Labour consultation might include 'reasonable time off work' for trustees and volunteers

Gareth Thomas, shadow charities minister, says the party is exploring whether trustees should have a right to time off, like school governors and magistrates

Gareth Thomas MP
Gareth Thomas MP

The Labour Party will publish a consultation in the autumn on its policies for the third sector, which could include a right for volunteers and trustees to take "reasonable time off work" to fulfil their duties, according to Gareth Thomas, the shadow charities minister.

Thomas was speaking yesterday at a fringe event organised by the Charities Aid Foundation at the Labour Party Conference in Brighton. He said the party was exploring the idea that trustees could get a right similar to those already available to school governors and magistrates, who are entitled to take reasonable time off under the Employment Rights Act 1996.

Thomas promised a community reinvestment act, which would include measures to make banks lend through third sector intermediaries in poor communities.

He also said the party wanted a combined strategy for the Charity Commission, Big Society Capital and the Big Lottery Fund to promote the sector.

"One criticism we would make is that there's no clear overarching strategy direction from the pivotal players in the third sector," said Thomas. "We want to see more done to encourage innovation and social resilience."

He promised more support for the sector's right to campaign.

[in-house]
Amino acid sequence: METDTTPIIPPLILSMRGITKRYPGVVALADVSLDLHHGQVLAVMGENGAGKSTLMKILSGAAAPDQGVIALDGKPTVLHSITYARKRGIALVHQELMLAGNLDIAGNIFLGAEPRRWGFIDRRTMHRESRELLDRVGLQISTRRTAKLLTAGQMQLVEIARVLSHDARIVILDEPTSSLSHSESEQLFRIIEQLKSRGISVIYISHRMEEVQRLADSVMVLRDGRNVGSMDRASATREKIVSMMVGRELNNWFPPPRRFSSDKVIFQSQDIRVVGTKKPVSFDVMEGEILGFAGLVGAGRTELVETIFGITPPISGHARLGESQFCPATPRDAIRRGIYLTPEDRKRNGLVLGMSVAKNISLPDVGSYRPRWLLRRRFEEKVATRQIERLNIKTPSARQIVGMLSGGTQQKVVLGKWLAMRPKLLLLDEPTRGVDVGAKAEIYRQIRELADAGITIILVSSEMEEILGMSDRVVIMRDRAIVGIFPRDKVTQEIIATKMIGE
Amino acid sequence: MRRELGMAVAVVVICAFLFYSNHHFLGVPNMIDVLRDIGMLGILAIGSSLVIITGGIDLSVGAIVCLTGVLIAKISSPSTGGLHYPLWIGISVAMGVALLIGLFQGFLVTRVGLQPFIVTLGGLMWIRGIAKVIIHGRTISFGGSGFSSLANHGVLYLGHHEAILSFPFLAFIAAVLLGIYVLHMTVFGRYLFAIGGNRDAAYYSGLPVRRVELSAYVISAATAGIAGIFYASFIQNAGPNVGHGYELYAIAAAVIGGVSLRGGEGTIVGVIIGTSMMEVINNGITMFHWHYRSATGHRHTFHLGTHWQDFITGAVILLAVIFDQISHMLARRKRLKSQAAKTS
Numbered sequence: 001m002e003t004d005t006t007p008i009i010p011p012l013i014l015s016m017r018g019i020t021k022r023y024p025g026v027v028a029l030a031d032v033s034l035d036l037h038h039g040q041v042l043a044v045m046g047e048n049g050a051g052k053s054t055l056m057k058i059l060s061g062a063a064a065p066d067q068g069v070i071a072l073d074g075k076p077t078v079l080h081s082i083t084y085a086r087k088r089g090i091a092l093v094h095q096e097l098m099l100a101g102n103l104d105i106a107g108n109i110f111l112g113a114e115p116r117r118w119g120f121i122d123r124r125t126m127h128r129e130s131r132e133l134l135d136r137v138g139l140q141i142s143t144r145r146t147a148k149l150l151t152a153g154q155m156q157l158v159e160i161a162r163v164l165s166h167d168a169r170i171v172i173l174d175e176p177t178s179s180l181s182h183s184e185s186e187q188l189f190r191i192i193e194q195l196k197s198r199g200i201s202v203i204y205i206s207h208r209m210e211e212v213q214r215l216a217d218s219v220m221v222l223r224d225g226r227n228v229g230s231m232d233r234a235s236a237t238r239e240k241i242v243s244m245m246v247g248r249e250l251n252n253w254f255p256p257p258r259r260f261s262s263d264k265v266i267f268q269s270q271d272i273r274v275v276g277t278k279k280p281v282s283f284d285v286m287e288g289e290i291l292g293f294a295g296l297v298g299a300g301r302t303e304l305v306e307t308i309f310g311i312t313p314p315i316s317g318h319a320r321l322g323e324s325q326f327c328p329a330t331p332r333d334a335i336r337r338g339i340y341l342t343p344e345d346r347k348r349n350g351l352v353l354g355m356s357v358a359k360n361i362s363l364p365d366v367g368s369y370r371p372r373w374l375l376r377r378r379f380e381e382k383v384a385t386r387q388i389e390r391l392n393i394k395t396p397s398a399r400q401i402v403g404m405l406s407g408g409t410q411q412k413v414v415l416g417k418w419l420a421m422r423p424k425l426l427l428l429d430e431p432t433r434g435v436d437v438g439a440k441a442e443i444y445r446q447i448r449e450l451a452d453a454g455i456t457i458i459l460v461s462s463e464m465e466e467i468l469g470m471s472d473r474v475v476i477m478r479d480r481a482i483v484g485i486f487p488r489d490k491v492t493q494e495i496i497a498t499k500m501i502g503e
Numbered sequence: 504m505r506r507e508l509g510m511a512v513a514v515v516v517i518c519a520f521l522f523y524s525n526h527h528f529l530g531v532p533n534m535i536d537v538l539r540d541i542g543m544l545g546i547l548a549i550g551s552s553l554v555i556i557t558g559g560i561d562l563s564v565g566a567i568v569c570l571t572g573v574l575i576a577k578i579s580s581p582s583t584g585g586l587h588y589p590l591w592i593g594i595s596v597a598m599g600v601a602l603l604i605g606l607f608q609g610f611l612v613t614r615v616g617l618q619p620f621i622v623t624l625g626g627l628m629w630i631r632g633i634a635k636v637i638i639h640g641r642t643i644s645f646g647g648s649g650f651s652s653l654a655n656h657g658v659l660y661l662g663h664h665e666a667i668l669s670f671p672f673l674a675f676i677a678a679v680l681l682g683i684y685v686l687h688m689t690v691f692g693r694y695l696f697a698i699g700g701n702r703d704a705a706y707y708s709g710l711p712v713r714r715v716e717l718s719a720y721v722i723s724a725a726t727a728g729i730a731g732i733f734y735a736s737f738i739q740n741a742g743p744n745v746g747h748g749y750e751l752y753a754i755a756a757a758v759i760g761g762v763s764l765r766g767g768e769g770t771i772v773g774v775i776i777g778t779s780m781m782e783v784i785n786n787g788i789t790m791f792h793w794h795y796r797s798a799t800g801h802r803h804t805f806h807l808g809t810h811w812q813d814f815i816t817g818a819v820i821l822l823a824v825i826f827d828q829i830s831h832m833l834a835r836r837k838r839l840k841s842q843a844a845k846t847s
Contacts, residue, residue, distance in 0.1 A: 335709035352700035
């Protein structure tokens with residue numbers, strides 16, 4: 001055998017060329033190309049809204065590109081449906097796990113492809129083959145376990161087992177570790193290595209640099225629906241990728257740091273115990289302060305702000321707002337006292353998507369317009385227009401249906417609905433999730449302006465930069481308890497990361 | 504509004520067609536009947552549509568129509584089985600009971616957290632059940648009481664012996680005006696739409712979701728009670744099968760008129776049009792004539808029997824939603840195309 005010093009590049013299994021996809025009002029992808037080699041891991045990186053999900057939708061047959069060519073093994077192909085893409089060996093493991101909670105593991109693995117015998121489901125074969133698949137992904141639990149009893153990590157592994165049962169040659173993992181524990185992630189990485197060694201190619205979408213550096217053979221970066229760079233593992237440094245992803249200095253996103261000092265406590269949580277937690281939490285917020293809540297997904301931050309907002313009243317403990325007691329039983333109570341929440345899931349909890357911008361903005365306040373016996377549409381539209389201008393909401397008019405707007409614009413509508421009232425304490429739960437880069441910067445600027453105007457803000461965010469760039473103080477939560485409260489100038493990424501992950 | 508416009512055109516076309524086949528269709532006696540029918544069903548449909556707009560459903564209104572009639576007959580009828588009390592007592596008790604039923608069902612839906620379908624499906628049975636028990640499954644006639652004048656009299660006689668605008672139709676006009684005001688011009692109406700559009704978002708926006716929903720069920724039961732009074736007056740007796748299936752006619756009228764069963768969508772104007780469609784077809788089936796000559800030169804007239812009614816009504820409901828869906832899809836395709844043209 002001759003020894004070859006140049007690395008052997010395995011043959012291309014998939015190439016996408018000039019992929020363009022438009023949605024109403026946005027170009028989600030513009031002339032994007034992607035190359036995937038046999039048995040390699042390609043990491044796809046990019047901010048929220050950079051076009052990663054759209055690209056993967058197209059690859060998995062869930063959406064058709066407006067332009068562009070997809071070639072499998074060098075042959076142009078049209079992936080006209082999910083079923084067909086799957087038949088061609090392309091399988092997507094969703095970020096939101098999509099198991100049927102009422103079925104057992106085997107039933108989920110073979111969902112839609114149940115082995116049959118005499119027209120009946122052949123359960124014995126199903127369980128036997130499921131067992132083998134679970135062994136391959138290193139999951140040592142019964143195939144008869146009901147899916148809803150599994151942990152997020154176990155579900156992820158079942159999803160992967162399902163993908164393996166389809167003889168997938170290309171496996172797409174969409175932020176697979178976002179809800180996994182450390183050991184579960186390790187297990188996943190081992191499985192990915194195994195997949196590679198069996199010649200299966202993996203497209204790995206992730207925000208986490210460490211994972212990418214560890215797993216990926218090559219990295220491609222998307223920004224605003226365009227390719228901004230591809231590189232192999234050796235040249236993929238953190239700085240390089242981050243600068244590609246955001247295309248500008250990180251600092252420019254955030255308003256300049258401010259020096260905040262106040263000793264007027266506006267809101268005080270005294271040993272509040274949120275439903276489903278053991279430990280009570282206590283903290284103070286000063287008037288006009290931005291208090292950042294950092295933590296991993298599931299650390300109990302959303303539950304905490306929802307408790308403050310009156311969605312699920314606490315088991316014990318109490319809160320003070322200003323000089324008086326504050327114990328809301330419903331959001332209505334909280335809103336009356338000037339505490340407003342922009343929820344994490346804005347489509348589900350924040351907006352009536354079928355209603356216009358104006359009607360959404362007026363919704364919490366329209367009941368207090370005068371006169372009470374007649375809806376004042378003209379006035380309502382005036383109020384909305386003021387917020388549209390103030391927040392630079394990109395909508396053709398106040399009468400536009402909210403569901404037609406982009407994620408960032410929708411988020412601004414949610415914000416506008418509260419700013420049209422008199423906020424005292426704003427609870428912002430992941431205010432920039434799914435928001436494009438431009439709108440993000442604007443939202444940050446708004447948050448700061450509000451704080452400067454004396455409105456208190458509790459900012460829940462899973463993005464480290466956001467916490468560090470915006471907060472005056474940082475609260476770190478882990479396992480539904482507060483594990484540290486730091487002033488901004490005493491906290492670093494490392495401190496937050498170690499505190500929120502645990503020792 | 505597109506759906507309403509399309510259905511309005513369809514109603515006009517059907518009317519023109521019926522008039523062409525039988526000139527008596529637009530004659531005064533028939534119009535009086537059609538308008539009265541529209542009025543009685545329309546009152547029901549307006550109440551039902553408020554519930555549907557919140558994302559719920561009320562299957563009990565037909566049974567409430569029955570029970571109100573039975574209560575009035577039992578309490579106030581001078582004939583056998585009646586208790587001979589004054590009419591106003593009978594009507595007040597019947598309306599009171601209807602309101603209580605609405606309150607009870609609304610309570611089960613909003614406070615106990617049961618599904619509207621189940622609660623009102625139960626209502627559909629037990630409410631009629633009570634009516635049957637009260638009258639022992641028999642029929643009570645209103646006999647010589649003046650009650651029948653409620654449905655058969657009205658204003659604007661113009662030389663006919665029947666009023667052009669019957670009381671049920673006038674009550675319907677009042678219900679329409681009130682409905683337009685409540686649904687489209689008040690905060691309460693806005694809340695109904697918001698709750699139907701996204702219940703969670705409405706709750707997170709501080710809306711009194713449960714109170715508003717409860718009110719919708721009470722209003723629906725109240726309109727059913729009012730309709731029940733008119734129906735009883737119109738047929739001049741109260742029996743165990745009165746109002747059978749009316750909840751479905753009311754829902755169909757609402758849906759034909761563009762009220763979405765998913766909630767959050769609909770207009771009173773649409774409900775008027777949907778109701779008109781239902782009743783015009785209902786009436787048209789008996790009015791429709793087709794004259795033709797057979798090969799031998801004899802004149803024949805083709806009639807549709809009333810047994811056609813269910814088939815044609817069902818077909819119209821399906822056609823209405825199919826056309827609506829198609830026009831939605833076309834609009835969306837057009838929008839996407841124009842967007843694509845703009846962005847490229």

"We've started to see government figures attacking charities in a clear and consistent way, whether that's over lobbying or chief executives' pay," he said. "It seems to be a different political environment from the one the Prime Minister, David Cameron, wanted."

Asked whether there was a misunderstanding of the role of charities in society, Thomas said the Charity Commission had made "a series of cack-handed interventions" that damaged trust in the sector.  

"I don't understand the strategy of the new chair and board," he said. "They've made a series of cack-handed interventions that I'm very disappointed in. I think government should provide some clarity of mission for the commission."

John Low, chief executive of CAF, told delegates at the same event that the commission had made "bizarre" statements on the subject of chief executives' pay, which had undermined the charity sector.

"We need to understand the objectives of the commission," he said.

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